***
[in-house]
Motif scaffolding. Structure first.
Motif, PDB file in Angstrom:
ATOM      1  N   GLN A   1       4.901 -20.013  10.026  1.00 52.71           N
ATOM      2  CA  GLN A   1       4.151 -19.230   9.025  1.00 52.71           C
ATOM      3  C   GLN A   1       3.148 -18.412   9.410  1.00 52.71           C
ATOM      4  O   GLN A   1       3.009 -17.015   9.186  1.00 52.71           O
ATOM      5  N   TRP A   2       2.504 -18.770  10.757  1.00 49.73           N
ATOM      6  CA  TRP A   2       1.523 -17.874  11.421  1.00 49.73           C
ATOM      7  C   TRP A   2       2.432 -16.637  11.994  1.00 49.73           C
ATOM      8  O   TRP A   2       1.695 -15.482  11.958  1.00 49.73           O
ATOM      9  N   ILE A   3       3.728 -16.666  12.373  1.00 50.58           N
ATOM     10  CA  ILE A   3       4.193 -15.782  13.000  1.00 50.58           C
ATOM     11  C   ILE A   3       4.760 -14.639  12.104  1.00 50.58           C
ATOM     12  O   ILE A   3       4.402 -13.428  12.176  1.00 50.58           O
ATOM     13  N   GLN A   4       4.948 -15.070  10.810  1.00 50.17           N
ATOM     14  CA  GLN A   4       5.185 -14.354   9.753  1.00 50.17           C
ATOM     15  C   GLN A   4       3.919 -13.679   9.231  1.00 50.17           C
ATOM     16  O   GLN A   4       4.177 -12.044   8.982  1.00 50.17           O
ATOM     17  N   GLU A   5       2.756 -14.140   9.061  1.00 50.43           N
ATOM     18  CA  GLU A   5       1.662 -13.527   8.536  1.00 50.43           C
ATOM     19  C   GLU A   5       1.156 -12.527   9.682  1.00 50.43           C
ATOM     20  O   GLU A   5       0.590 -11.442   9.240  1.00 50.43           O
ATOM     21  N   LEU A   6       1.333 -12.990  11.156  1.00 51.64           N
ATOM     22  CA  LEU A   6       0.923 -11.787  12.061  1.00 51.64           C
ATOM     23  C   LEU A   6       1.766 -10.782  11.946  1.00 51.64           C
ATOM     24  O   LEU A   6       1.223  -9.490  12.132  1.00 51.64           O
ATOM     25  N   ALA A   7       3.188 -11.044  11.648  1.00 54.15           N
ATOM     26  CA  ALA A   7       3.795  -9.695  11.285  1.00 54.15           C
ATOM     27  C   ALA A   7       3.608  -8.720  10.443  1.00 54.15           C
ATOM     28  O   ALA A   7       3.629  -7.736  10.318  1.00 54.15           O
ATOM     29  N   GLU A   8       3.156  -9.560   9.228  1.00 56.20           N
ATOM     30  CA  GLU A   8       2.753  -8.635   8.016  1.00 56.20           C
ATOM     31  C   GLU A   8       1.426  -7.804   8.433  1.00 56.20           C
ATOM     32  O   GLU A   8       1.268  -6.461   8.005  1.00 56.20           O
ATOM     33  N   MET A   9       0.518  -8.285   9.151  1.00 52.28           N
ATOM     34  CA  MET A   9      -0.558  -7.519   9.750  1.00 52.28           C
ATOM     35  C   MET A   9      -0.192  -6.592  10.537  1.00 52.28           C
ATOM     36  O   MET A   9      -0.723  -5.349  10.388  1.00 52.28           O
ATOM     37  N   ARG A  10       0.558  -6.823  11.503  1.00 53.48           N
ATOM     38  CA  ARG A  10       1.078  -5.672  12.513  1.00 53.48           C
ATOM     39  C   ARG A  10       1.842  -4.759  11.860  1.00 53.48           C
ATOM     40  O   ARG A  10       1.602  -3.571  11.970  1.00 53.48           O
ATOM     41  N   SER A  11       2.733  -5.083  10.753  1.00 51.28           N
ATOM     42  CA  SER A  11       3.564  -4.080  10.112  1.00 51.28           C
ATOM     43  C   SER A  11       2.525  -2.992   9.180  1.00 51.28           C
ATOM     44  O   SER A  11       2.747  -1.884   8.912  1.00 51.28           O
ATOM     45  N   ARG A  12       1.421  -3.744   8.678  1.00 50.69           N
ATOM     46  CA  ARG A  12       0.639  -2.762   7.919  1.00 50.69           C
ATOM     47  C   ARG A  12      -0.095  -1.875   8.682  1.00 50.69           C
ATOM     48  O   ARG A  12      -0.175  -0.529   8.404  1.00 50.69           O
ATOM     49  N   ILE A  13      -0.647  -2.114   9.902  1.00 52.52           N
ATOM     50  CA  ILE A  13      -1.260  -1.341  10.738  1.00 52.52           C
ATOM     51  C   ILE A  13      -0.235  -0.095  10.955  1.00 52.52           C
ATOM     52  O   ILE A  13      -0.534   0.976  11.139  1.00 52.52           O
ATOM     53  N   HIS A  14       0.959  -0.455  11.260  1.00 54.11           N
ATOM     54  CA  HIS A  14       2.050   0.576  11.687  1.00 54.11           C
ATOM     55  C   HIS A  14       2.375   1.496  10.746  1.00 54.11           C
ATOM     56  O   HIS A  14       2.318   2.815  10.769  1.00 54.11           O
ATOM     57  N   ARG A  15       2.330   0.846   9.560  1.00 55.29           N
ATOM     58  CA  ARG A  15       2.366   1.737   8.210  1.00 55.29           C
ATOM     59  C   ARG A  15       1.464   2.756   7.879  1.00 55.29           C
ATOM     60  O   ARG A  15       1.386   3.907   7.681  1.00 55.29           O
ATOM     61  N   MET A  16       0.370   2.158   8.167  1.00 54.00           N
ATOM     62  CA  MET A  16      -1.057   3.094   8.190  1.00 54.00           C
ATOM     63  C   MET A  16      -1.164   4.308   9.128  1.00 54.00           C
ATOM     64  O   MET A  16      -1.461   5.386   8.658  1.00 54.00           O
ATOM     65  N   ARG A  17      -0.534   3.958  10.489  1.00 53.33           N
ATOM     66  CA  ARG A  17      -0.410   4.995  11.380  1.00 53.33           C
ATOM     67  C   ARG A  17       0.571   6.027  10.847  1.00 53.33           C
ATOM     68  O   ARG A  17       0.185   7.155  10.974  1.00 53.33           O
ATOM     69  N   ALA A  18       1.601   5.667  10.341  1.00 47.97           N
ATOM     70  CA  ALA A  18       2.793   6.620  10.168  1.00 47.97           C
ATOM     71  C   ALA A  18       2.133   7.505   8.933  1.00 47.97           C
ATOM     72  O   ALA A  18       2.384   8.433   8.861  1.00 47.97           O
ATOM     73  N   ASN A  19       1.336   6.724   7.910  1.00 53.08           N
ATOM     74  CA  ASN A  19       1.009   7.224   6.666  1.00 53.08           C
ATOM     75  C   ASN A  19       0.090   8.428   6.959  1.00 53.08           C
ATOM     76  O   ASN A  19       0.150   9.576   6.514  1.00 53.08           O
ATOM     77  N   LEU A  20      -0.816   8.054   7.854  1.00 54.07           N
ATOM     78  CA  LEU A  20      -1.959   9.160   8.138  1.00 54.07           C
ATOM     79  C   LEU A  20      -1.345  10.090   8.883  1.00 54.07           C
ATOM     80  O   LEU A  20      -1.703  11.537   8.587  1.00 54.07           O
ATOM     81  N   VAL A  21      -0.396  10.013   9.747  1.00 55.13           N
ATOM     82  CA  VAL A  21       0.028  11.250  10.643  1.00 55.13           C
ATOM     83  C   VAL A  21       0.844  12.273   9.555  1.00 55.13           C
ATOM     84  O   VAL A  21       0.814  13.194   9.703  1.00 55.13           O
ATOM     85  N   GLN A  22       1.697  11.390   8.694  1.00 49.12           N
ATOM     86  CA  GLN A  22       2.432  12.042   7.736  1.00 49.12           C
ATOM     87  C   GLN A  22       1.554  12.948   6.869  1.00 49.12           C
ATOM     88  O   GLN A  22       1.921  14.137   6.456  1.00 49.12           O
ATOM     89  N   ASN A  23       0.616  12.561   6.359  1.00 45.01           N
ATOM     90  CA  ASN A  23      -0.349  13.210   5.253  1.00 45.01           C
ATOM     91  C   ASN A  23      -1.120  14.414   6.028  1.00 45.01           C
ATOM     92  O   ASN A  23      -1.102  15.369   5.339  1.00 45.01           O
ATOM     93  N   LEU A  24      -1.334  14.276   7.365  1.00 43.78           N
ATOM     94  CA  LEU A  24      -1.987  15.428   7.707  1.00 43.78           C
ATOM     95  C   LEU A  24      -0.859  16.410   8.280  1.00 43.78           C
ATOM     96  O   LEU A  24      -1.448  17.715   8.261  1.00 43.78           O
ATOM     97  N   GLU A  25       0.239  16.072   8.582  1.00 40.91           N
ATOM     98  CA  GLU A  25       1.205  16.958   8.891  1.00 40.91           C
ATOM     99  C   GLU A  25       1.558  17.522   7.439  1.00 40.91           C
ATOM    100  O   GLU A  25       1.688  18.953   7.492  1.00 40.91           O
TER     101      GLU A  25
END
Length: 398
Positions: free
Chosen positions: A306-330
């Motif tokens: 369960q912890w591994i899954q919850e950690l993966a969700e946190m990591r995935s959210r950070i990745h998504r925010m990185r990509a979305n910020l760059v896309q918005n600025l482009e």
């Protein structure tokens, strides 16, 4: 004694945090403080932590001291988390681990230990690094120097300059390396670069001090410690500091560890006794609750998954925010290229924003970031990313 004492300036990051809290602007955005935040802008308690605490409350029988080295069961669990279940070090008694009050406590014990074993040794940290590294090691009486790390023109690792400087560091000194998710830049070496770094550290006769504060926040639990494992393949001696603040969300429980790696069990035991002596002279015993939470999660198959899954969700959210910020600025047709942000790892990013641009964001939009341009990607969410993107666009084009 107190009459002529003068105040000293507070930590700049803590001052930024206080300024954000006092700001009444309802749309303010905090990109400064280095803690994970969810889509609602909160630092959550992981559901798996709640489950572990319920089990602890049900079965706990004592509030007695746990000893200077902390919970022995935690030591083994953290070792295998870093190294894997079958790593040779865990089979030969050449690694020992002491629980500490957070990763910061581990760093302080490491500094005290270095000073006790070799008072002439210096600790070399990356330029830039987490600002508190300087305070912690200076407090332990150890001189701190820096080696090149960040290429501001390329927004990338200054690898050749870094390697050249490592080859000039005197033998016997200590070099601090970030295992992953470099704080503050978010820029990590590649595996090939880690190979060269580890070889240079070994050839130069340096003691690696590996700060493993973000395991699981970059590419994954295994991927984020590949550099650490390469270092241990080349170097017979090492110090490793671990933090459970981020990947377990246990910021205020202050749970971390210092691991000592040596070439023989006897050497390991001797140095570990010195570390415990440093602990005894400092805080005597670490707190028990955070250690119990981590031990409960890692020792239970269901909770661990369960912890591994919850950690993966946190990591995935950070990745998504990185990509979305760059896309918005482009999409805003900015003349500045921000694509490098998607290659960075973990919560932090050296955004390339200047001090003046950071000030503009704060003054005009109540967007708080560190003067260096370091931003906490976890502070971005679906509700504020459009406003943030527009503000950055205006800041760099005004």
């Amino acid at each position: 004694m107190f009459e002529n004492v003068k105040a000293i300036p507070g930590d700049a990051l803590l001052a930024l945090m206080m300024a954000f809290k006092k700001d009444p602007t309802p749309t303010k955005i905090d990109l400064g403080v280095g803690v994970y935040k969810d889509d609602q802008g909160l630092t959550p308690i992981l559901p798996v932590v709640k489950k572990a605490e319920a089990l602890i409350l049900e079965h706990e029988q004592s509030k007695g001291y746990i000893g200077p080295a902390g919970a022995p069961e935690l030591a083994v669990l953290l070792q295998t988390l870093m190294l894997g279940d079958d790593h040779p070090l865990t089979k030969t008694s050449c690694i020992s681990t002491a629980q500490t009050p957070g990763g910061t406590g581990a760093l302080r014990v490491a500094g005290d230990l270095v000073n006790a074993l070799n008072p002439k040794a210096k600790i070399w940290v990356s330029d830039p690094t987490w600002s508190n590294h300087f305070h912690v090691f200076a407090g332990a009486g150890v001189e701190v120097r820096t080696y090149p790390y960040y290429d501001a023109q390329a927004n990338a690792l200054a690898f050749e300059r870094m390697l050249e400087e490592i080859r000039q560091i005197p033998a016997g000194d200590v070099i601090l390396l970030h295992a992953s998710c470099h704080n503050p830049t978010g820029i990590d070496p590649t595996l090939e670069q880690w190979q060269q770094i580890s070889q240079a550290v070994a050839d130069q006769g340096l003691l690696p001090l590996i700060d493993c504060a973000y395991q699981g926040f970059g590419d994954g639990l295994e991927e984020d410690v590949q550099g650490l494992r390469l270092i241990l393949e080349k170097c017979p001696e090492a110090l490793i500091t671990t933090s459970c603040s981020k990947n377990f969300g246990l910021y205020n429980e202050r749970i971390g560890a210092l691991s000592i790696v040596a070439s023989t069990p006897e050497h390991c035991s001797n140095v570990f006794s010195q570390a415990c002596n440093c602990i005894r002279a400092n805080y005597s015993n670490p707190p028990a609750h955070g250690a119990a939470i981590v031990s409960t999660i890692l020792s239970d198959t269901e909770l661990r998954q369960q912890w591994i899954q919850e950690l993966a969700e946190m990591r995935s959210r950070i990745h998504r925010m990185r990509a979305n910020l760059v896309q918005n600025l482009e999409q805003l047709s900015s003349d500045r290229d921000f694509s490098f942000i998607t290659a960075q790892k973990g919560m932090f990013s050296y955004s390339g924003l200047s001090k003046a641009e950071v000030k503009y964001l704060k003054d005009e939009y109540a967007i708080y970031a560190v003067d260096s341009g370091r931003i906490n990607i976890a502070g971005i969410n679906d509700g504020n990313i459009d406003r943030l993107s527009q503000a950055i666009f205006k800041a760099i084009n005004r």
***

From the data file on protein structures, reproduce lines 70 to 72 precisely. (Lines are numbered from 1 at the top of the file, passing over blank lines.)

ATOM     67  C   ARG A  17       0.571   6.027  10.847  1.00 53.33           C
ATOM     68  O   ARG A  17       0.185   7.155  10.974  1.00 53.33           O
ATOM     69  N   ALA A  18       1.601   5.667  10.341  1.00 47.97           N